The arrival of a new anthology from humorist Calvin Trillin is an occasion for joy, and the pleasure is doubled by knowing that collections of Trillin’s work probably will have a few flattering things to say about Louisiana.

Trillin, who lives in New York City and writes humor pieces for a number of publications, including The New Yorker, is interested in a great many things, but one of his preoccupations is food. That’s made him a frequent traveler to Louisiana, and he’s become a witty and consistently admiring explainer of local cuisine to the rest of the country.

“Quite Enough Trillin,” a new book collecting about 40 years of Trillin’s best stuff, hits bookstores this month. It includes a funny piece called “Missing Links,” a valentine to one of his favorite dishes, boudin sausage.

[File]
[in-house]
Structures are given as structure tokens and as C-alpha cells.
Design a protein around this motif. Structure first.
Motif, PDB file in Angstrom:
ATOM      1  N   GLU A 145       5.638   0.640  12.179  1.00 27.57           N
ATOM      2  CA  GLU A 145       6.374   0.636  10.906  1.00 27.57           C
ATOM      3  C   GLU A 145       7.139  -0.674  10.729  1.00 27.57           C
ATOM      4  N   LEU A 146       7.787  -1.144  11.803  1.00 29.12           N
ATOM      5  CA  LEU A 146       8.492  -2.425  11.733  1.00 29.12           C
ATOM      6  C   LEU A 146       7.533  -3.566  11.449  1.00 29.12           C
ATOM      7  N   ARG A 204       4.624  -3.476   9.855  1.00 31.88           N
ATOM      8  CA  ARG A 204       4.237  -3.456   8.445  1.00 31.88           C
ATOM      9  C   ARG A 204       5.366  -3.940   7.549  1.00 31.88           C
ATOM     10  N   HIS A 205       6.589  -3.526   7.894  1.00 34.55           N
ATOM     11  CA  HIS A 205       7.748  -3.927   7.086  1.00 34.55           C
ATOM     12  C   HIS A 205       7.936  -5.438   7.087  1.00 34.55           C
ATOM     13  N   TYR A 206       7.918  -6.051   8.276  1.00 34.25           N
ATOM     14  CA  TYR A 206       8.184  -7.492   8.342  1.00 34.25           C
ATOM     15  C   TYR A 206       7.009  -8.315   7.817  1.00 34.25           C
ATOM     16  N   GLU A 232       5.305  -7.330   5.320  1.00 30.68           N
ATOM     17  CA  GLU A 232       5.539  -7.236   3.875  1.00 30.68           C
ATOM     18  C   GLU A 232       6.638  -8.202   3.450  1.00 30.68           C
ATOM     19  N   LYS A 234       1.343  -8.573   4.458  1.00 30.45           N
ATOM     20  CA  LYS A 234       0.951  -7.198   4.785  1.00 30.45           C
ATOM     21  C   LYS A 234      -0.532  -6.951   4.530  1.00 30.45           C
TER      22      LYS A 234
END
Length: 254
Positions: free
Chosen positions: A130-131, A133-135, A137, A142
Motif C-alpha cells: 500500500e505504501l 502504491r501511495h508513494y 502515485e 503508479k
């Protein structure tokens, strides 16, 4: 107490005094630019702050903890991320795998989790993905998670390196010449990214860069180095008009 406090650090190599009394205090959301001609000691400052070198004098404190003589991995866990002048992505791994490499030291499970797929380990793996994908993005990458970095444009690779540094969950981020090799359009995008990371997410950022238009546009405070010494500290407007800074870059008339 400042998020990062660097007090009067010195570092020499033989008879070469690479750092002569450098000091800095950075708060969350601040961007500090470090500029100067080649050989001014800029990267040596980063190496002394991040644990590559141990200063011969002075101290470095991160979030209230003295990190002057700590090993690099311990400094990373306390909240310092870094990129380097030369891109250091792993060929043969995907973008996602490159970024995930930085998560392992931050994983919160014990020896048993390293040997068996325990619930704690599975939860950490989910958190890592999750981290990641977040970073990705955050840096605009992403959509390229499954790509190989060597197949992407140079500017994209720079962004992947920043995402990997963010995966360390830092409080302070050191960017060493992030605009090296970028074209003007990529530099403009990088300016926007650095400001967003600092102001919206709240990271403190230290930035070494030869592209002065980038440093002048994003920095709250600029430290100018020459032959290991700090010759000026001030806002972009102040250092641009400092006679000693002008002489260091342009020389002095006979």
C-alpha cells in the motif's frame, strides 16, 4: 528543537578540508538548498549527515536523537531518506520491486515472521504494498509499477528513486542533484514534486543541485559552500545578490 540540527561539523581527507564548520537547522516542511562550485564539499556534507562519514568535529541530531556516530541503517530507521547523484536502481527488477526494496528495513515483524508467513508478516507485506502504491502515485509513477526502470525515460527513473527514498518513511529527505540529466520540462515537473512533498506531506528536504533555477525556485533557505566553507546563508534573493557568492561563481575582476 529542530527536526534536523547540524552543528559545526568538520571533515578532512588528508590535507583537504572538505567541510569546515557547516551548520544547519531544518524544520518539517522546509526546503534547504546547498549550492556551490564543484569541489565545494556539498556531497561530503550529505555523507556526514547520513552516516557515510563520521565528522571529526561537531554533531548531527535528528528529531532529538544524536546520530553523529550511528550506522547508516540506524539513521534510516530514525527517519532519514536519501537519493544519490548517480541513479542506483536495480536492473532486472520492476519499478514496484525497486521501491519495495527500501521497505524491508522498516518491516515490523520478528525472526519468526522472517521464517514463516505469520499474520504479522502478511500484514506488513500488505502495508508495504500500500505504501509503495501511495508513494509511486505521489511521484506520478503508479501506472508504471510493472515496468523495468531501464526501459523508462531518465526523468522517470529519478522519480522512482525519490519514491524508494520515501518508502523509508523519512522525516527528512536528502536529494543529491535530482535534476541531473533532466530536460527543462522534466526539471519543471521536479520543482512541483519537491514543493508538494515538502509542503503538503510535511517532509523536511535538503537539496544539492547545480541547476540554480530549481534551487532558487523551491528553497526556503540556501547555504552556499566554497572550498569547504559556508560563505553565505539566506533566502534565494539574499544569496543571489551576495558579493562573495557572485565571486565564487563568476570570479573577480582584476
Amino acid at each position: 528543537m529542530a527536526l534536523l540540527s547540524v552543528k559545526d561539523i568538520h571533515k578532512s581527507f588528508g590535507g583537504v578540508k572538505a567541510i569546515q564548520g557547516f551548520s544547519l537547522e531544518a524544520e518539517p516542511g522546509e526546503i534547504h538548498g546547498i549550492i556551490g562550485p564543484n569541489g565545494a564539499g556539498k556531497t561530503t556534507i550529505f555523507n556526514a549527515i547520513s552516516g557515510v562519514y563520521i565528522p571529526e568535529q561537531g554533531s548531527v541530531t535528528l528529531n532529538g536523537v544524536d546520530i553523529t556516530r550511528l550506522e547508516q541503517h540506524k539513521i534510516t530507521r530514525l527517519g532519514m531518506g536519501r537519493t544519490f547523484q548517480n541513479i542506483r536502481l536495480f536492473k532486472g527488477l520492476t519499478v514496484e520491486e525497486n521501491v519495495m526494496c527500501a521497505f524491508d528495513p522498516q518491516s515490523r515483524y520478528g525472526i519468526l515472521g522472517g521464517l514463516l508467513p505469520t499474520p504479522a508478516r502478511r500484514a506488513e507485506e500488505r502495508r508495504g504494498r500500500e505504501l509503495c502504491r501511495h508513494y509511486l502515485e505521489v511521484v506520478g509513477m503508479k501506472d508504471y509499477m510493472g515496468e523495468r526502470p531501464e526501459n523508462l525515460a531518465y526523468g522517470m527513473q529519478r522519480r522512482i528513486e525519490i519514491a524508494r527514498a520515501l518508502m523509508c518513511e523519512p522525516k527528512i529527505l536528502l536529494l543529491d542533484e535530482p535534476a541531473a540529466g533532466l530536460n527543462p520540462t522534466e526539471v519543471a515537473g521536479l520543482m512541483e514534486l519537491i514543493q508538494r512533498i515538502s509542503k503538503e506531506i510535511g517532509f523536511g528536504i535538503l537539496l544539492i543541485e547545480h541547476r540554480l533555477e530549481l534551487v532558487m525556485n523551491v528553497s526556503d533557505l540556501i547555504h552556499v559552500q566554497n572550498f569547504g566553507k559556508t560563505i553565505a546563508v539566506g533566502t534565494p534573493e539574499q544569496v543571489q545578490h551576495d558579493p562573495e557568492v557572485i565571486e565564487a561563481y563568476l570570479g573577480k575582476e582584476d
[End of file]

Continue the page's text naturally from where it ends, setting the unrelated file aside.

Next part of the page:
“When people in Breaux Bridge or Opelousas or Jeanerette talk about boudin, they mean a soft, spicy mixture of rice and pork and liver and seasoning, which is squeezed hot into the mouth from a sausage casing, usually in the parking lot of a grocery store and preferably while leaning against a pickup,” Trillin tells readers. “I figure that 80 percent of the boudin purchased in Louisiana is consumed before the purchaser has left the parking lot, and most of the rest of it is polished off in the car. In other words, Cajun boudin not only doesn’t get outside the state; it usually doesn’t even get home.”

Trillin also observes that of all the indignities suffered by Cajuns over the years, “Nothing has been as deeply insulting as what restaurants outside of south Louisiana present as Cajun food.”

We’re glad south Louisiana cuisine has found a friend in Calvin Trillin. And we hope his new book will bring the news of our local cuisine to an even broader audience.